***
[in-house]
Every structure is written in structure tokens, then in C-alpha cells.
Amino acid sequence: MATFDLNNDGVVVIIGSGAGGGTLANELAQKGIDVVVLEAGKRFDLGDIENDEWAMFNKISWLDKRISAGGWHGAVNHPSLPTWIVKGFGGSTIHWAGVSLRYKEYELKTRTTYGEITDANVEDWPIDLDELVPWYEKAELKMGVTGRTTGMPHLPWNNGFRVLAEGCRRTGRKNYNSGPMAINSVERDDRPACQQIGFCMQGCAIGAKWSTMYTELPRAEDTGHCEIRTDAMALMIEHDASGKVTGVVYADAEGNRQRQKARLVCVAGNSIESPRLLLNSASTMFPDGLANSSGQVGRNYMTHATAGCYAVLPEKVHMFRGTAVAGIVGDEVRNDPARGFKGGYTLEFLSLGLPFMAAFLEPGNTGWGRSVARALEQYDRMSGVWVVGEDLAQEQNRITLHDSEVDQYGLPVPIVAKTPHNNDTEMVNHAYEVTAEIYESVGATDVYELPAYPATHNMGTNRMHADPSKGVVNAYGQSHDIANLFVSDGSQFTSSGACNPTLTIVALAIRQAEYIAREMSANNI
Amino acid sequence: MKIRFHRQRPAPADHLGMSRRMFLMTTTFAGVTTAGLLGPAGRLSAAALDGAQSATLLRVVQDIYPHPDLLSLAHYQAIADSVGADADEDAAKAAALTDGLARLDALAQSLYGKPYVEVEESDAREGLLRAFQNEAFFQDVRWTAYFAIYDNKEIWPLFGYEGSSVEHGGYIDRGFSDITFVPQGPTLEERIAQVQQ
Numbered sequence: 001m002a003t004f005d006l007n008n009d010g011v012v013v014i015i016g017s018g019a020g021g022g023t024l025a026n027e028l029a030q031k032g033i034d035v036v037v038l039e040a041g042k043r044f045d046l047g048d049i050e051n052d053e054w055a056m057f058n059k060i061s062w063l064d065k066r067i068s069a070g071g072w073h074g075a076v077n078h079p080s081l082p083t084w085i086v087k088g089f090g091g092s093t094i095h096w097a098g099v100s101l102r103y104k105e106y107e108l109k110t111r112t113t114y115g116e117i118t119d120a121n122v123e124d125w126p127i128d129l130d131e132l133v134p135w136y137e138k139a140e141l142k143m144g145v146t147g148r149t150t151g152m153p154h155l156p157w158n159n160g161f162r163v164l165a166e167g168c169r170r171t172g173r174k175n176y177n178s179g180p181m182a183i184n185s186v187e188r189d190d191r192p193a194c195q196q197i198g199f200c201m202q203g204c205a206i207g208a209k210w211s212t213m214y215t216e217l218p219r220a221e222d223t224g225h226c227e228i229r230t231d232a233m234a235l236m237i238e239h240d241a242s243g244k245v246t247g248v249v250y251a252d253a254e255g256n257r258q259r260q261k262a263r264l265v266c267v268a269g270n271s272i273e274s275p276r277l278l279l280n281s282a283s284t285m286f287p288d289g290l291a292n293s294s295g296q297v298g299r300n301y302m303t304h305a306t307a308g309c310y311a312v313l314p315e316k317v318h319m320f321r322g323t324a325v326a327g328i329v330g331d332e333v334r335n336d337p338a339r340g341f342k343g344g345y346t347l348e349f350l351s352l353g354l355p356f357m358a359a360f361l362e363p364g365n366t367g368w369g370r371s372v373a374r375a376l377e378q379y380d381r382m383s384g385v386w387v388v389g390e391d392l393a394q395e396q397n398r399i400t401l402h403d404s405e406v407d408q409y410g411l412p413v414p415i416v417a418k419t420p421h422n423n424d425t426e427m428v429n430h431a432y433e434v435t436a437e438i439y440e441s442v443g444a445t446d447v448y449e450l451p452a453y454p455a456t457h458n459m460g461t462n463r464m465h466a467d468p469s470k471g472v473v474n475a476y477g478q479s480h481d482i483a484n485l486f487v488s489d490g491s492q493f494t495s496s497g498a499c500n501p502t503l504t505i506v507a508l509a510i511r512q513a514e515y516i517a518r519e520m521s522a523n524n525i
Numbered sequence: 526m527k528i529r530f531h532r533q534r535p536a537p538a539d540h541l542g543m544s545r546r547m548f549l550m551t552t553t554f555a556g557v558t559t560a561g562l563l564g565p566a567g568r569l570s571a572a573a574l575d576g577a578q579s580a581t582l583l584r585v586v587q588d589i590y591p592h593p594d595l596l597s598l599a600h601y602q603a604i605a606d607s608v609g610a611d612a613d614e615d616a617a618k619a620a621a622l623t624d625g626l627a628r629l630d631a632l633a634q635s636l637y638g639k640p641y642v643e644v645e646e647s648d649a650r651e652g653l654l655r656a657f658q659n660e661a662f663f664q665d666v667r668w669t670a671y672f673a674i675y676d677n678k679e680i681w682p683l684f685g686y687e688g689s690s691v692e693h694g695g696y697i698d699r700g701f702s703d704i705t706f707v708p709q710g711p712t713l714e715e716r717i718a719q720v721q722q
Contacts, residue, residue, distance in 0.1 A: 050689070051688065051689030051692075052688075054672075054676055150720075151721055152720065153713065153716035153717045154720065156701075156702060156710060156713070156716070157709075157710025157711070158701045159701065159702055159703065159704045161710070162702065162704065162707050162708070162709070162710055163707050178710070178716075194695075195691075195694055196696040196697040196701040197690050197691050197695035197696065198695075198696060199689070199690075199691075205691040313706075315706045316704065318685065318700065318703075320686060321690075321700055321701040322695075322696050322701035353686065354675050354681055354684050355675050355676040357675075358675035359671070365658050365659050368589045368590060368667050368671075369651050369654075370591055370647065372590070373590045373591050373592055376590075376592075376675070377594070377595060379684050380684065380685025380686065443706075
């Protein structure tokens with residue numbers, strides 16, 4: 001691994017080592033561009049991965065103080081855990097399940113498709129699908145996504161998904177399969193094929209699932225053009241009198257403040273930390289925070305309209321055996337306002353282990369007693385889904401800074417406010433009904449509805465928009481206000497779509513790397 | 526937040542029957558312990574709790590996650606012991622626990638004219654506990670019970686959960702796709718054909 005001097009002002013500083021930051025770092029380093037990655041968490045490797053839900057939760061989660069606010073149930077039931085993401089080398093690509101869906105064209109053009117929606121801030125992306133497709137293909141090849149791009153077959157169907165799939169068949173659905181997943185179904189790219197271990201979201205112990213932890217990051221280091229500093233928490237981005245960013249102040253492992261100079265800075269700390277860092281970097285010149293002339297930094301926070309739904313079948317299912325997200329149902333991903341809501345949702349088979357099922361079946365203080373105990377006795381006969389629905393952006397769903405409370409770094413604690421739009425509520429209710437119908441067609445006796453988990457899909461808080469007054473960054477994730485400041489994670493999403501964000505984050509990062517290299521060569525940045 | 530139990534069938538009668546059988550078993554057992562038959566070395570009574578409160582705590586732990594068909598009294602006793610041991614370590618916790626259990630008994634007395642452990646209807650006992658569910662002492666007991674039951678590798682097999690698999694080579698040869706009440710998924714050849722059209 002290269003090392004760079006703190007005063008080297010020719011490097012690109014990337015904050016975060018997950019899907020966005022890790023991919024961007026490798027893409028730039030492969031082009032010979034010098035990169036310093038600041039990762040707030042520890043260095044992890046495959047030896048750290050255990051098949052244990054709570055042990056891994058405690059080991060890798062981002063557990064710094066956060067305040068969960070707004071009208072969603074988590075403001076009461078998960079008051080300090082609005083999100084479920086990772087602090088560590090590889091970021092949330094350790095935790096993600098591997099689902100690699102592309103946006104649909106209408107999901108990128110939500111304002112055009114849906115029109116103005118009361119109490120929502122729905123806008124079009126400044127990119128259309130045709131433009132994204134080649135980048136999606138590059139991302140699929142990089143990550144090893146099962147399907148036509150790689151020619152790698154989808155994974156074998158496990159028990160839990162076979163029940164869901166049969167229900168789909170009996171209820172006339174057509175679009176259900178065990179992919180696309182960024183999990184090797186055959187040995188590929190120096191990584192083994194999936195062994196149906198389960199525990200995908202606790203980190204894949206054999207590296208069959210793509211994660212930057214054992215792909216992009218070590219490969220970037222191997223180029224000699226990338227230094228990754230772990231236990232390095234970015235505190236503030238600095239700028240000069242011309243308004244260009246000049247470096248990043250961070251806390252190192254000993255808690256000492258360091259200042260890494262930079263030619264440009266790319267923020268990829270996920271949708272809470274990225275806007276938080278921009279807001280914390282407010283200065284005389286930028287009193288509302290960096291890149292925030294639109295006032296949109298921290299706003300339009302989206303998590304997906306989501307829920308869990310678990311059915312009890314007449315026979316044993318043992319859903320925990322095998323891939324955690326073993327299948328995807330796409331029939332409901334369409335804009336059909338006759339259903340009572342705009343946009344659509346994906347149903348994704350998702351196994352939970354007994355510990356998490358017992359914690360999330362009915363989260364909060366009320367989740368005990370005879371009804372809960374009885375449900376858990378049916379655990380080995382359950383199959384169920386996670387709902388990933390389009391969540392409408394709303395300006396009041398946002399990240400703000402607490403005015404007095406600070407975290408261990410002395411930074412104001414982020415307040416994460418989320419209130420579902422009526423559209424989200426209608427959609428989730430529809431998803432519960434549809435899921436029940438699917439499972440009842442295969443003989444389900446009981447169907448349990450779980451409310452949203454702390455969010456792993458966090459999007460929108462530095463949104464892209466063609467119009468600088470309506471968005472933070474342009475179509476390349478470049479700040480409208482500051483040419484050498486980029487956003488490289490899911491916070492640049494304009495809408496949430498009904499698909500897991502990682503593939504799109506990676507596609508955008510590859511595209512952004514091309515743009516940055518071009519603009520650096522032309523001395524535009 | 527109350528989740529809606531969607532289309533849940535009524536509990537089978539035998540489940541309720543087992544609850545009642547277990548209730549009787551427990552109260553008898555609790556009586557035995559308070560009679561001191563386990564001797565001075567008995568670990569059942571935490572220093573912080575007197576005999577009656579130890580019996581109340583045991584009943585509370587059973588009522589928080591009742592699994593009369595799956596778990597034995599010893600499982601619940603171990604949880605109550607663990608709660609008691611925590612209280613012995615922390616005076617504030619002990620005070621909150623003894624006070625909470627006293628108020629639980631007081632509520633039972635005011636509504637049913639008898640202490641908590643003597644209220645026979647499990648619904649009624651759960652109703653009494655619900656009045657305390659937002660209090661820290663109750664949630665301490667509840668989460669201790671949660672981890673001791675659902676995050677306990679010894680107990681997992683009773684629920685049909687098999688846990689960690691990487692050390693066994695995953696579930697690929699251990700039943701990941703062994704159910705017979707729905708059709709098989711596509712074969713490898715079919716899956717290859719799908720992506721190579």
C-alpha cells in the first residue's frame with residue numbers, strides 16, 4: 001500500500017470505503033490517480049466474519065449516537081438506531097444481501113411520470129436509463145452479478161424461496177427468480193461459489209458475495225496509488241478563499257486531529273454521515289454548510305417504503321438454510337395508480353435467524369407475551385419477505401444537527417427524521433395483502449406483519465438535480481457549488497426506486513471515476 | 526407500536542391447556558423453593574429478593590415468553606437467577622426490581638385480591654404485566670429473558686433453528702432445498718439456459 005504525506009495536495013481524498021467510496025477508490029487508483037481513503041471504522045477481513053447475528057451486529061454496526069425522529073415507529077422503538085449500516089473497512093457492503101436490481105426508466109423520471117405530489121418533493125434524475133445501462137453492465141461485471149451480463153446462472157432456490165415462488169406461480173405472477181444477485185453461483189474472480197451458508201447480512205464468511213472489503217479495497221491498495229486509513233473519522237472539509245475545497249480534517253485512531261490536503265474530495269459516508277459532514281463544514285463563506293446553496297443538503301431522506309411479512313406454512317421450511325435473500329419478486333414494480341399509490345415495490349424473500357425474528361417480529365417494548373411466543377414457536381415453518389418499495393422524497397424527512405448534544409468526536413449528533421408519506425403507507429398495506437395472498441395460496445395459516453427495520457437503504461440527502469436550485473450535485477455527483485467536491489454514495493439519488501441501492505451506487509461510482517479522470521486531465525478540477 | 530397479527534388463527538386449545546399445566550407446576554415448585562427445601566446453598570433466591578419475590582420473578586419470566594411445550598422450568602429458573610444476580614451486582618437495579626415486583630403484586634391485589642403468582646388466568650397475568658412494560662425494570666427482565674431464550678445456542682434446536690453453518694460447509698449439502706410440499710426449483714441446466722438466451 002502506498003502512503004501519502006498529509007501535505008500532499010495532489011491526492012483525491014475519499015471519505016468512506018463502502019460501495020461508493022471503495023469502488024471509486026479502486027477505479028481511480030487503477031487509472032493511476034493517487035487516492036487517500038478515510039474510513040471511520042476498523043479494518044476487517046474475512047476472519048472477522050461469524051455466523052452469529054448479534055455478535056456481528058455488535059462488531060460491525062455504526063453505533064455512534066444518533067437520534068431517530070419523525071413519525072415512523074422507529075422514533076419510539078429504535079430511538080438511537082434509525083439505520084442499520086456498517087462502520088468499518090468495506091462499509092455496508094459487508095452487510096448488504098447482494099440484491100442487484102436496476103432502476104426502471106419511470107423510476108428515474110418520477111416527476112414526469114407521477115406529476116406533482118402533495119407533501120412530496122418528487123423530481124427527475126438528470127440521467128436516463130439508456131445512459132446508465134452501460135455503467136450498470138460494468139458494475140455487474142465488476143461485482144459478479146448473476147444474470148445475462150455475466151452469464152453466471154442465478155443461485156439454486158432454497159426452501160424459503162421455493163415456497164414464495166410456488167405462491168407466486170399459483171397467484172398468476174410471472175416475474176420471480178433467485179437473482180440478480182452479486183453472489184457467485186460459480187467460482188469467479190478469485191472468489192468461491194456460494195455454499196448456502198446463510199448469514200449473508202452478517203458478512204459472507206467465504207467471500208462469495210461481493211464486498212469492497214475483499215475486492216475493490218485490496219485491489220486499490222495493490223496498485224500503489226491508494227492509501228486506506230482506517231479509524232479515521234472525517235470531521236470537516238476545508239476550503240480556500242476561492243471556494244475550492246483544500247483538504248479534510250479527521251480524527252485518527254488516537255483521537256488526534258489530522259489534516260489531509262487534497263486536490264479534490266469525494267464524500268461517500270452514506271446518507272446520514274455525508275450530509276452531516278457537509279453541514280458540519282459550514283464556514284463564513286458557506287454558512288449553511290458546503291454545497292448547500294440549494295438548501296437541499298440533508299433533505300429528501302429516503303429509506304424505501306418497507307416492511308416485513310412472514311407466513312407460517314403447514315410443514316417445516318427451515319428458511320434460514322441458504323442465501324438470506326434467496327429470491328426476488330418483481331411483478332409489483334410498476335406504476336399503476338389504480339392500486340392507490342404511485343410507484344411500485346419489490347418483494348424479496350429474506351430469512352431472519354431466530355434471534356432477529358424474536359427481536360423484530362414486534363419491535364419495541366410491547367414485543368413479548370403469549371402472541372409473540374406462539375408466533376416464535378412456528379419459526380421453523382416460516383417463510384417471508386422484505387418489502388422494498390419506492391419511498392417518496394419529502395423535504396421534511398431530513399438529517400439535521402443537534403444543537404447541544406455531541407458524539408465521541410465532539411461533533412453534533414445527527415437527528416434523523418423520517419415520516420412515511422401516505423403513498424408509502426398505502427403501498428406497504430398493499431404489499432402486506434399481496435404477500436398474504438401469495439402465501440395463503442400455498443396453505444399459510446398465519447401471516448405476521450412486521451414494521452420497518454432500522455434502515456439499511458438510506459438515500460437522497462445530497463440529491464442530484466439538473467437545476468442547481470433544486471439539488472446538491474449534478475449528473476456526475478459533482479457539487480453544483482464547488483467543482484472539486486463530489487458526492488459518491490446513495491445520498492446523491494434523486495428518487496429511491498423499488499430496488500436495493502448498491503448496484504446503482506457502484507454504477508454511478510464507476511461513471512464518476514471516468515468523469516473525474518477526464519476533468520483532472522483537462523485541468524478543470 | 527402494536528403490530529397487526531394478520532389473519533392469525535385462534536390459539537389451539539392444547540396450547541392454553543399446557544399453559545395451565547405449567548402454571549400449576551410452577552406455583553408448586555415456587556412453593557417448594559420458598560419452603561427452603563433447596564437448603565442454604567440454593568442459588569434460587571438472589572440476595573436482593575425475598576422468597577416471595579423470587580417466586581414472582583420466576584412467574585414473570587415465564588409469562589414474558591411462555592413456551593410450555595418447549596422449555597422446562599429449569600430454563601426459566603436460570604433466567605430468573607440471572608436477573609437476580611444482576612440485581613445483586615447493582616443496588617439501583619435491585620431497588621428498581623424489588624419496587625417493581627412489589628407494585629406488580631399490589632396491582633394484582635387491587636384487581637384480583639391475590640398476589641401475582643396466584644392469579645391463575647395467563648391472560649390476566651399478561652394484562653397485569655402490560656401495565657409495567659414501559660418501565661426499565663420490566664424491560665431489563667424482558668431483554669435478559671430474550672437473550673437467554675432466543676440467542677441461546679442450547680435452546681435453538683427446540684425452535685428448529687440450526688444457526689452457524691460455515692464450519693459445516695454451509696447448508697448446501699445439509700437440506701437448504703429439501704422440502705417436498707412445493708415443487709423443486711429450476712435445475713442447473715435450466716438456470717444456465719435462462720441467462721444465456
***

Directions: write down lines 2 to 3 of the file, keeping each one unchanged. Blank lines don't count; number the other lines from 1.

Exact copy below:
Every structure is written in structure tokens, then in C-alpha cells.
Amino acid sequence: MATFDLNNDGVVVIIGSGAGGGTLANELAQKGIDVVVLEAGKRFDLGDIENDEWAMFNKISWLDKRISAGGWHGAVNHPSLPTWIVKGFGGSTIHWAGVSLRYKEYELKTRTTYGEITDANVEDWPIDLDELVPWYEKAELKMGVTGRTTGMPHLPWNNGFRVLAEGCRRTGRKNYNSGPMAINSVERDDRPACQQIGFCMQGCAIGAKWSTMYTELPRAEDTGHCEIRTDAMALMIEHDASGKVTGVVYADAEGNRQRQKARLVCVAGNSIESPRLLLNSASTMFPDGLANSSGQVGRNYMTHATAGCYAVLPEKVHMFRGTAVAGIVGDEVRNDPARGFKGGYTLEFLSLGLPFMAAFLEPGNTGWGRSVARALEQYDRMSGVWVVGEDLAQEQNRITLHDSEVDQYGLPVPIVAKTPHNNDTEMVNHAYEVTAEIYESVGATDVYELPAYPATHNMGTNRMHADPSKGVVNAYGQSHDIANLFVSDGSQFTSSGACNPTLTIVALAIRQAEYIAREMSANNI